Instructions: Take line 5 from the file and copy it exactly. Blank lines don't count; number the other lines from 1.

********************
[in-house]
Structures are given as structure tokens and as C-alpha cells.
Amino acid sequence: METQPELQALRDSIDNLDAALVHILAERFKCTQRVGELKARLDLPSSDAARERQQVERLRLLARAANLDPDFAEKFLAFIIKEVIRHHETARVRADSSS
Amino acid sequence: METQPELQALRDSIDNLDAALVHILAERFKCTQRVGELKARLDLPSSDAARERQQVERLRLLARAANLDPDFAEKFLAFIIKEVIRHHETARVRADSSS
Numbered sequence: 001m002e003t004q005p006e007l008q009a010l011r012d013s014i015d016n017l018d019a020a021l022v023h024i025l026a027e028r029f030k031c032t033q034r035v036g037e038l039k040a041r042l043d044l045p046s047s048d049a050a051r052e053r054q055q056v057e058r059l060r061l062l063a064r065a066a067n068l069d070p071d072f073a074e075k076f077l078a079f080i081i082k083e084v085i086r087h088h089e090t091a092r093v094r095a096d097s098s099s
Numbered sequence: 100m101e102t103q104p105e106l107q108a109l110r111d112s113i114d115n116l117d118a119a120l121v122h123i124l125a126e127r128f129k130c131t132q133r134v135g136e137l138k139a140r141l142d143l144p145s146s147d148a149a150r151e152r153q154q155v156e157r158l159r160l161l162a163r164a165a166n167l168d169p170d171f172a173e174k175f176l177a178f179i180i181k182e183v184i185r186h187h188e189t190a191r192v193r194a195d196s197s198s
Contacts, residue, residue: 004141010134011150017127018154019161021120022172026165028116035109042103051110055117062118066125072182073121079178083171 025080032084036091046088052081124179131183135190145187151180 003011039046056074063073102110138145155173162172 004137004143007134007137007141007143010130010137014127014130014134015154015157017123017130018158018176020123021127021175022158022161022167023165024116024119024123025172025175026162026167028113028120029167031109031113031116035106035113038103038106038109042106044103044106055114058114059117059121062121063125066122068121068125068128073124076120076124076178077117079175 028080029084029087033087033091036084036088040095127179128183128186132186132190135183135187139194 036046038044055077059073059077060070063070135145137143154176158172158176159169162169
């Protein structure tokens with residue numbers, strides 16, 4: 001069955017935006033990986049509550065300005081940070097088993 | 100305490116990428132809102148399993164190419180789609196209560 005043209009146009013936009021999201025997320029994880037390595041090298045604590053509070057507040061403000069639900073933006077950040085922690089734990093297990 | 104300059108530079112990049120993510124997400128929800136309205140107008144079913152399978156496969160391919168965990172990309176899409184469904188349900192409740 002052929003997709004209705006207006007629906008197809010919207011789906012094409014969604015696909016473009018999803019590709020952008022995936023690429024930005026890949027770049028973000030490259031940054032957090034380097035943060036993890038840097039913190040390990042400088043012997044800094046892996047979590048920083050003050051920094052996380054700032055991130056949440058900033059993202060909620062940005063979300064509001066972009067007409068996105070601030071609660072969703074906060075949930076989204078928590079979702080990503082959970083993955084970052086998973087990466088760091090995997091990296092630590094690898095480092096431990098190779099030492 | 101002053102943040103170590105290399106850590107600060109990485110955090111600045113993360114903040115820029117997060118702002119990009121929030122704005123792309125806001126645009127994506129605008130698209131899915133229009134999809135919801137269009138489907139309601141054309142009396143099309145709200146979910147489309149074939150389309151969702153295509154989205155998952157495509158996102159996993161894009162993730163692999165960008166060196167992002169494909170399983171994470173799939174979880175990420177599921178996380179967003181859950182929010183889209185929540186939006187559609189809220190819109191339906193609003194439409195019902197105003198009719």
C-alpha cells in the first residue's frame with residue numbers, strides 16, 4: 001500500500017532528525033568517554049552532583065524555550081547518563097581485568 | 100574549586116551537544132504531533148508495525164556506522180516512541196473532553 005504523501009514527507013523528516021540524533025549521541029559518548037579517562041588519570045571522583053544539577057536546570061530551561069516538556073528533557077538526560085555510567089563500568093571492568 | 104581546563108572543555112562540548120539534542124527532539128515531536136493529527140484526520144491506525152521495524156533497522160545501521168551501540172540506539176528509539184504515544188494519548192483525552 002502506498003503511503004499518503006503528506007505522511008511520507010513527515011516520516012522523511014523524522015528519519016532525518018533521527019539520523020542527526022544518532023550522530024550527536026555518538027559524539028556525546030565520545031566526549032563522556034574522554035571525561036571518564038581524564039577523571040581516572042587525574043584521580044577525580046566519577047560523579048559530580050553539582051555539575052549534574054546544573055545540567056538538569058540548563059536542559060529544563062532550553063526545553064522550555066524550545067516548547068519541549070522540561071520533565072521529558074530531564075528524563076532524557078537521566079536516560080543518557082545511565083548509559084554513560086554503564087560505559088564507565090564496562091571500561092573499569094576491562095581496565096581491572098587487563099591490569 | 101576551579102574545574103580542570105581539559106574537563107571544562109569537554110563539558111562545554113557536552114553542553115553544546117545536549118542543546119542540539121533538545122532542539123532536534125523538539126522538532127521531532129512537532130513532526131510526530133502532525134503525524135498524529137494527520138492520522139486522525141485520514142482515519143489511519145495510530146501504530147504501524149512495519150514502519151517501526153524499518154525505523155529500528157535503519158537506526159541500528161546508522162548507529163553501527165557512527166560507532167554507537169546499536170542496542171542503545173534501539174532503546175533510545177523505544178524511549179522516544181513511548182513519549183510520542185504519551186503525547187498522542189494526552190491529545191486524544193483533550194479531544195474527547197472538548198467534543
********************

Numbered sequence: 001m002e003t004q005p006e007l008q009a010l011r012d013s014i015d016n017l018d019a020a021l022v023h024i025l026a027e028r029f030k031c032t033q034r035v036g037e038l039k040a041r042l043d044l045p046s047s048d049a050a051r052e053r054q055q056v057e058r059l060r061l062l063a064r065a066a067n068l069d070p071d072f073a074e075k076f077l078a079f080i081i082k083e084v085i086r087h088h089e090t091a092r093v094r095a096d097s098s099s